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WEDNESDAY, 25 JUNE 2014
Germany: Bad faith application for LIQUIDROM
The German Federal Patent Court (BPatG) recently gave an interesting ruling on the requirements of a trade mark cancellation for bad faith. The court took particular care in analysing the particularities of a lease contract between the parties involved and the rights in the property's name arising for each party from that contract.
The applicant is the lessor of a property in Berlin called LIQUIDROM and used for a swimming and recreation center. The respondent used to be the managing director of the lessee company that operated the recreation center. When both the lessor and the lessee filed for insolvency, they terminated the lease agreement. One year later, the respondent, as managing director of a newly founded company, participated in the procurement process for a new lease of the LIQUIDROM. As soon as it became clear that his company would not obtain the lease, the respondent filed the German word mark LIQUIDROM.
The applicant sought cancellation of the trade mark for invalidity, arguing bad faith. The applicant argued that the respondent filed the trade mark LIQUIDROM with the foremost aim to disturb the applicant's own rightful use. The respondent argued that it has acquired own rights in the name LIQUIDROM.
The court upheld the decision of the PTO, confirming the cancellation of the trade mark based on bad faith. The court concluded that under the circumstances, it was proven to the court's satisfaction that the respondent had filed the trade mark LIQUIDROM in the knowledge of the applicant's own rightful use and with the intention of disturbing that use. The court weighed the interests of both parties carefully, finding that the respondent had not obtained any rights in the name LIQUIDROM which could have excluded bad faith. In particular, the court held that the applicant as lessor, and not the respondent as lessee, had acquired trade name rights in the name LIQUIDROM during the term of the lease contract and could assert these rights under German unfair competition law. The property had been identified in the lease contract as LIQUIDROM and the lessee had been entitled to use the property with all its facilities under that name. The court referred to German case-law under which name rights in a property leased together with its facilities and equipment arise for the lessor, not for the lessee. The court contrasted this with the case where bare rooms are rented by a commercial entity for the operation of its business. In that case, it is the tenant which acquires the rights in the name of the commercial operation conducted in those rooms.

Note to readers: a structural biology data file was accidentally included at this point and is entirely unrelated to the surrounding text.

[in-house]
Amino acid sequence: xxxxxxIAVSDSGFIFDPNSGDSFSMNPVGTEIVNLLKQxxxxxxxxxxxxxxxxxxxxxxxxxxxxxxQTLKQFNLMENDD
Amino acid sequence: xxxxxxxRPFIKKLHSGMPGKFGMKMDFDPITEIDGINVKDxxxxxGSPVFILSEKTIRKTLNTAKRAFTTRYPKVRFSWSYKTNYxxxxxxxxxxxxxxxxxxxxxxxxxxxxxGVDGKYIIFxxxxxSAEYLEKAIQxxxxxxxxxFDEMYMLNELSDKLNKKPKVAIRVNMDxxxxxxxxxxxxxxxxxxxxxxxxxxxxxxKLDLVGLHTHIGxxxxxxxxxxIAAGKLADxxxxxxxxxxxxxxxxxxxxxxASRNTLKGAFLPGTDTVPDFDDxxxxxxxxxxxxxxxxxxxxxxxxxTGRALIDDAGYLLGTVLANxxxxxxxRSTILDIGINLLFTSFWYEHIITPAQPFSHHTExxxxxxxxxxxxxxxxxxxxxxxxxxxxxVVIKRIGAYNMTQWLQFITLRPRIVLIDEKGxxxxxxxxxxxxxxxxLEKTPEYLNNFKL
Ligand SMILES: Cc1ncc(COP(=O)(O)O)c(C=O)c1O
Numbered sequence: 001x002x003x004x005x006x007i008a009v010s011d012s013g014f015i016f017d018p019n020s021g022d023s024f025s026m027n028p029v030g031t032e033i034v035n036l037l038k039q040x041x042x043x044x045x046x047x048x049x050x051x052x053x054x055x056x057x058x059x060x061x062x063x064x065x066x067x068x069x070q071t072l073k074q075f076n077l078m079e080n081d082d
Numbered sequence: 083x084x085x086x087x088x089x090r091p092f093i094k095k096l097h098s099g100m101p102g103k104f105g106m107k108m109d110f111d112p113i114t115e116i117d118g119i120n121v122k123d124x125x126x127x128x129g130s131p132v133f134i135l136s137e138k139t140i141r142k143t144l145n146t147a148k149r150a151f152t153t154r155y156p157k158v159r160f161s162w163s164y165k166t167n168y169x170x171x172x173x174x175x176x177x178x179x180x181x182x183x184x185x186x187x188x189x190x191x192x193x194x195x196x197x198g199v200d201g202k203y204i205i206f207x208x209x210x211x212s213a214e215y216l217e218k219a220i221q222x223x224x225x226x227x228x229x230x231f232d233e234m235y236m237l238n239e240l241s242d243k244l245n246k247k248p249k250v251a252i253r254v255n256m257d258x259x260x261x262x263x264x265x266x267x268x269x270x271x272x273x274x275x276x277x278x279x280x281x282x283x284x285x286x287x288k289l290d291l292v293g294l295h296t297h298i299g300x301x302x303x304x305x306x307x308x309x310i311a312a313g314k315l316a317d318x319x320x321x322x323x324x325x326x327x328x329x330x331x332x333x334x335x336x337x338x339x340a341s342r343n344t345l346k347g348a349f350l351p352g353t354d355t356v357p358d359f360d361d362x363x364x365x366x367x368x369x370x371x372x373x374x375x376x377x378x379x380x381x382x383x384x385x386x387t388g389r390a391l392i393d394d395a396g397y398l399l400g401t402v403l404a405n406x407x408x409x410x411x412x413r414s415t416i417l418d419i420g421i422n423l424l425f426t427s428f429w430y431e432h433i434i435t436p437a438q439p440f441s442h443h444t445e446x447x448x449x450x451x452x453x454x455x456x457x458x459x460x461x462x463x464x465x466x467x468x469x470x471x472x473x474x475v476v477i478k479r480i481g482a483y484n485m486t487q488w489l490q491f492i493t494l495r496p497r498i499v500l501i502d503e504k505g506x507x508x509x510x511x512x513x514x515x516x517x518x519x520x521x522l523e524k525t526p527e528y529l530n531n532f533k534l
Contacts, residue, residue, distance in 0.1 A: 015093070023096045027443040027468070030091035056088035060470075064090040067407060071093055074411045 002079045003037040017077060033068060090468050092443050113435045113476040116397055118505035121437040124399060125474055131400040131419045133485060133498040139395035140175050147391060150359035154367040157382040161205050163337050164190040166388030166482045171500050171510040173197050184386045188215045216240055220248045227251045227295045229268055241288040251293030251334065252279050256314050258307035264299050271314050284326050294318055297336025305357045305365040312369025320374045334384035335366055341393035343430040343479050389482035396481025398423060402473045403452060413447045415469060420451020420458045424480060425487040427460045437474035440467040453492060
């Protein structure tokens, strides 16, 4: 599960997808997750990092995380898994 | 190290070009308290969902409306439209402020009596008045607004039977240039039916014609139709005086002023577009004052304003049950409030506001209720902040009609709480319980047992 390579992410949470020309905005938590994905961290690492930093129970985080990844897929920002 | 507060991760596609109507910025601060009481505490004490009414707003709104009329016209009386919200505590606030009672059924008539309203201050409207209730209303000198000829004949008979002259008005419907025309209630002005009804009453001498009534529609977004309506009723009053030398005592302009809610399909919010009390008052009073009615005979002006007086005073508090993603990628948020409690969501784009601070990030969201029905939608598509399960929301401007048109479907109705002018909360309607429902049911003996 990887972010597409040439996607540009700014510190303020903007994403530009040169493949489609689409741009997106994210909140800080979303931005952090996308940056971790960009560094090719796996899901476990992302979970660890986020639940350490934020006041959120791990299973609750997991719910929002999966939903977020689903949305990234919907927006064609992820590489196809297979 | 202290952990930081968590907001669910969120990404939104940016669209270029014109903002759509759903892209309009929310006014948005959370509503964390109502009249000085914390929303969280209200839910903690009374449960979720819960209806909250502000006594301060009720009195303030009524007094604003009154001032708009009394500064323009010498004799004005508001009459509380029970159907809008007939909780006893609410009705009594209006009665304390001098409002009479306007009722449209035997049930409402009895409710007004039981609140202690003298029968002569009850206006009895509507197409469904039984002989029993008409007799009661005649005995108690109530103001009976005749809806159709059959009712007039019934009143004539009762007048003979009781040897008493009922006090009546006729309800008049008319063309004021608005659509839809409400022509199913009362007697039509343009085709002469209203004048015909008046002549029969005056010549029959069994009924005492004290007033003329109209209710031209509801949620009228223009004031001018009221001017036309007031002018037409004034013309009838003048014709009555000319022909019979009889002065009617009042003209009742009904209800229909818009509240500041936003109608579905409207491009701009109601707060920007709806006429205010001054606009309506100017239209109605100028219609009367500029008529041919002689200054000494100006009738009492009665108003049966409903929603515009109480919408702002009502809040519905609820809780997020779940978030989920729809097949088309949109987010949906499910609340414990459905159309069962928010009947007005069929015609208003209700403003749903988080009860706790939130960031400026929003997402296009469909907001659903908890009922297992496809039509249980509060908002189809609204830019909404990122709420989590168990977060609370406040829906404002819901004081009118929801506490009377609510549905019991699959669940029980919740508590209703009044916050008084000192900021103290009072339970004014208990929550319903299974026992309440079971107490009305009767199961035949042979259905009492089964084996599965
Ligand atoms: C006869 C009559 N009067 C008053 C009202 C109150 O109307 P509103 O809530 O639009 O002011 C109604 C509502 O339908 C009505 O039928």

An interesting, well-reasoned decision analysing and applying the criteria for a bad faith cancellation as developed under German and EU case-law, particularly in the ECJ's "Goldhase" decision (ECJ, decision Câ€‘529/07 of 11 June 2009, Chocoladefabriken Lindt & Sprüngli AG v Franz Hauswirth GmbH)
Case Reference: 30 W (pat) 32/12 of 17 April 2014.
The decision - in German - is available here.
Posted by: Anthonia Ghalamkarizadeh @ 11.42
BPatG, German Federal Patent Court, LIQUIDROM, ECJ, Goldhase, Lindt & SprÃ¼ngli, bad faith,
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